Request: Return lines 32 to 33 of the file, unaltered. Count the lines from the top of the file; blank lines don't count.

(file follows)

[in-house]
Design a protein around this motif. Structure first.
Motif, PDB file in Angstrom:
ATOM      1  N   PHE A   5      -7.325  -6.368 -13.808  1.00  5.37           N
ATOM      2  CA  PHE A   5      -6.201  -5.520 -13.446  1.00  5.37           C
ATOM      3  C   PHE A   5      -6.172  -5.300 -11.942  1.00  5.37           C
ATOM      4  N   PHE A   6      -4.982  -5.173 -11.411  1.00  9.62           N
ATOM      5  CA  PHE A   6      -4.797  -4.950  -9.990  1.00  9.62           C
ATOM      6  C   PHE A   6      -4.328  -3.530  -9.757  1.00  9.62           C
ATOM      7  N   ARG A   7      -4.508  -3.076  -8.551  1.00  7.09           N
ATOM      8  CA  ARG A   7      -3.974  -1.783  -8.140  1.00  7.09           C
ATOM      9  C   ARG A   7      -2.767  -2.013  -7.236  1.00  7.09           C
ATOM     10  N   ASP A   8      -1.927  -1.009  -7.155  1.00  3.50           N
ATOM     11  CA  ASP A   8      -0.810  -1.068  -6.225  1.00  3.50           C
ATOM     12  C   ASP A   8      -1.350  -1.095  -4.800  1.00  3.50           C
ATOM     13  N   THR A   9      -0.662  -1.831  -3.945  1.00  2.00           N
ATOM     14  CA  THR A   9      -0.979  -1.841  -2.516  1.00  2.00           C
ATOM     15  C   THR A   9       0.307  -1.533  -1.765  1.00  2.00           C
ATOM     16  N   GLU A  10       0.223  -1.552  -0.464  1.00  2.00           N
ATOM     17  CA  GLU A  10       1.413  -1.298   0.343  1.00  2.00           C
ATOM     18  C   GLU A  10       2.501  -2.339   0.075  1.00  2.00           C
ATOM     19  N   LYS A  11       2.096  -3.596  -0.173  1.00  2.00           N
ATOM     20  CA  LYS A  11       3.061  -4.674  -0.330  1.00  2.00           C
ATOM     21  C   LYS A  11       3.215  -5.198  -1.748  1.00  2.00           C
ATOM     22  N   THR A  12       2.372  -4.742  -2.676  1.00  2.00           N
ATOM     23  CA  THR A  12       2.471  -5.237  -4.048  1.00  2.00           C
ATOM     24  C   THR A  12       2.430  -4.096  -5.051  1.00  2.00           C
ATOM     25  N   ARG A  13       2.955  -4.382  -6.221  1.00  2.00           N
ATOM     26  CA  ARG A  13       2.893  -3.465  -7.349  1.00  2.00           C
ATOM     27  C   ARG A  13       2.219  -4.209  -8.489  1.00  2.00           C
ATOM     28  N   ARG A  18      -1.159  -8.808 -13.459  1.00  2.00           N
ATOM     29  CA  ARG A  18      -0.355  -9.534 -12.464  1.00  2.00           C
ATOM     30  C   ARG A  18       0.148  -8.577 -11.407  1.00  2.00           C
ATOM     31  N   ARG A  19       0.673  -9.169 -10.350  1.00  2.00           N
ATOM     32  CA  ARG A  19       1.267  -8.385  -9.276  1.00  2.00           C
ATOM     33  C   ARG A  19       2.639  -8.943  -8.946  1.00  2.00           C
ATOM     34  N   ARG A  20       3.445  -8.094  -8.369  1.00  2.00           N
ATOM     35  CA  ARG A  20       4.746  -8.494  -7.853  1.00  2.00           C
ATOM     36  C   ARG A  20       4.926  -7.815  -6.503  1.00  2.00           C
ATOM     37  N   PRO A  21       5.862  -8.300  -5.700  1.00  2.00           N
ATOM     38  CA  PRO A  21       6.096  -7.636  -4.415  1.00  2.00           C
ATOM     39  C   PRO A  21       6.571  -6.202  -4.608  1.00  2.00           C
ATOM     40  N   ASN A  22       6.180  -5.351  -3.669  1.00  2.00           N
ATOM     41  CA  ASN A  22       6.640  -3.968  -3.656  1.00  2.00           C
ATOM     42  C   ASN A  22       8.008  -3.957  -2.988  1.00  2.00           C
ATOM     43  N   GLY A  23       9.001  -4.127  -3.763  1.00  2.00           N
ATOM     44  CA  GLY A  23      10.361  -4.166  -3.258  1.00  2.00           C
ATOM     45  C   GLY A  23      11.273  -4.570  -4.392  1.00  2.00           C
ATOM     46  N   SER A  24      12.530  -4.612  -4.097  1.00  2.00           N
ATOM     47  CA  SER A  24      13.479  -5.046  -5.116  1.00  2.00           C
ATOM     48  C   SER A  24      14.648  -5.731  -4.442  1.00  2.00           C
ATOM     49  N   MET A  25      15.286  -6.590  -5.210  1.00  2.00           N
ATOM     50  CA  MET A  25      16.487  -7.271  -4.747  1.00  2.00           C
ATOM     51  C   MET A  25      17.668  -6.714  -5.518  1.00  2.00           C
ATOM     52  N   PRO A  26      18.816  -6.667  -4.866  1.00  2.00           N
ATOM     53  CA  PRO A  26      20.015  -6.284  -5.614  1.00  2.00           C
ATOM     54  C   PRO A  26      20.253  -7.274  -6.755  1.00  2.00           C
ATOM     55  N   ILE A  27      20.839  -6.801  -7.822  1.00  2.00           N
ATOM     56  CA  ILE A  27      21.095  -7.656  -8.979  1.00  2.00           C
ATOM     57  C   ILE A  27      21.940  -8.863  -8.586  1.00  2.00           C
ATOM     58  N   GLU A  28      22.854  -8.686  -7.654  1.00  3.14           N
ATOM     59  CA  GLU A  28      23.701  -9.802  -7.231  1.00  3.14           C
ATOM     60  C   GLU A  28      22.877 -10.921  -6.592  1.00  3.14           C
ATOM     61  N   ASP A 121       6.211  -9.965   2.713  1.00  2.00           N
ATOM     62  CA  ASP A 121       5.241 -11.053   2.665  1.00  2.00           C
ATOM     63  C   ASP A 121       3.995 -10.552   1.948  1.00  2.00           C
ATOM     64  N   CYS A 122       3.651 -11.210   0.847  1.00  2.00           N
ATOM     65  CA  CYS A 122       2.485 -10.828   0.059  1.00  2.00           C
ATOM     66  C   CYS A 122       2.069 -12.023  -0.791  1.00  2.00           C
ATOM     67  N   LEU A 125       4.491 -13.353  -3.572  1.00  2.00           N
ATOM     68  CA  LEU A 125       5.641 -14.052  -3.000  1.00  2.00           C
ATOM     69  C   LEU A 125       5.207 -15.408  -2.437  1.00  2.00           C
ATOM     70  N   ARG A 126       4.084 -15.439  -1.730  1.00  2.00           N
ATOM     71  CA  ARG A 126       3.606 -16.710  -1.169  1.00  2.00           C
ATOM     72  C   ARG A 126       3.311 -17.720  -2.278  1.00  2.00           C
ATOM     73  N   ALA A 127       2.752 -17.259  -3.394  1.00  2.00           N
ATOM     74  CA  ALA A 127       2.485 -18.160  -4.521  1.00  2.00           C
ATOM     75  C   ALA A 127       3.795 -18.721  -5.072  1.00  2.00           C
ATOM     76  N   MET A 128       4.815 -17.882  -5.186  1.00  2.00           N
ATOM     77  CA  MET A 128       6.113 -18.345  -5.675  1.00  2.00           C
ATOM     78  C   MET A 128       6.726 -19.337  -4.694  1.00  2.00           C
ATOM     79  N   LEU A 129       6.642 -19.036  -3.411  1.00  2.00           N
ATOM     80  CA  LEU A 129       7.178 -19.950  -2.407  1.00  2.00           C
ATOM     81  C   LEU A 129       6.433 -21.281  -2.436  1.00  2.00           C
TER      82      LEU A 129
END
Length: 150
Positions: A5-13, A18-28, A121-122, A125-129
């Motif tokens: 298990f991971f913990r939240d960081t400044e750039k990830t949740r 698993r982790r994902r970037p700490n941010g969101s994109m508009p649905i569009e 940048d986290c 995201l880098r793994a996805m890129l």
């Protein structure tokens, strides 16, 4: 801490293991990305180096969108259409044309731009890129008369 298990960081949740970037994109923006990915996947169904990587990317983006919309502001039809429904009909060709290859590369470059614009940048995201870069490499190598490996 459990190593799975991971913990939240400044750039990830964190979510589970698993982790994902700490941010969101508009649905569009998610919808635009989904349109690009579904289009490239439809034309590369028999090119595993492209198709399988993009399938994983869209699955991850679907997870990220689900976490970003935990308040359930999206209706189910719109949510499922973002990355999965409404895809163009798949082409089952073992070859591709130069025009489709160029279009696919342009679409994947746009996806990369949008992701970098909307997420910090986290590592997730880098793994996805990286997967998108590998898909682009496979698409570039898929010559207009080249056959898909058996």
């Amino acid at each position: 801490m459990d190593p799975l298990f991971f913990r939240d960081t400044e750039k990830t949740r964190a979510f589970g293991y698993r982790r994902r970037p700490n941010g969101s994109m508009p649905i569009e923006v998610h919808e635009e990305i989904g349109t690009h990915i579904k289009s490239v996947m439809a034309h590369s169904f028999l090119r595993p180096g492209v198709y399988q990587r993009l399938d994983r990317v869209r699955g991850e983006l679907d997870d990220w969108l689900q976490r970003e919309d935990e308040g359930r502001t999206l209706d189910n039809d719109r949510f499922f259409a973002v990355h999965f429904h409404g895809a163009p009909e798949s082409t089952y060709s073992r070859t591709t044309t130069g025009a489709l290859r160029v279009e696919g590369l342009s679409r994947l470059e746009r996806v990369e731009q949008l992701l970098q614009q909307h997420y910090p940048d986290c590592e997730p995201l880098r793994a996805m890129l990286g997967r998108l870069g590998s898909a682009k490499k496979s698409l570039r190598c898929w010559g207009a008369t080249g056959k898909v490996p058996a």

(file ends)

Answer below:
ATOM     29  CA  ARG A  18      -0.355  -9.534 -12.464  1.00  2.00           C
ATOM     30  C   ARG A  18       0.148  -8.577 -11.407  1.00  2.00           C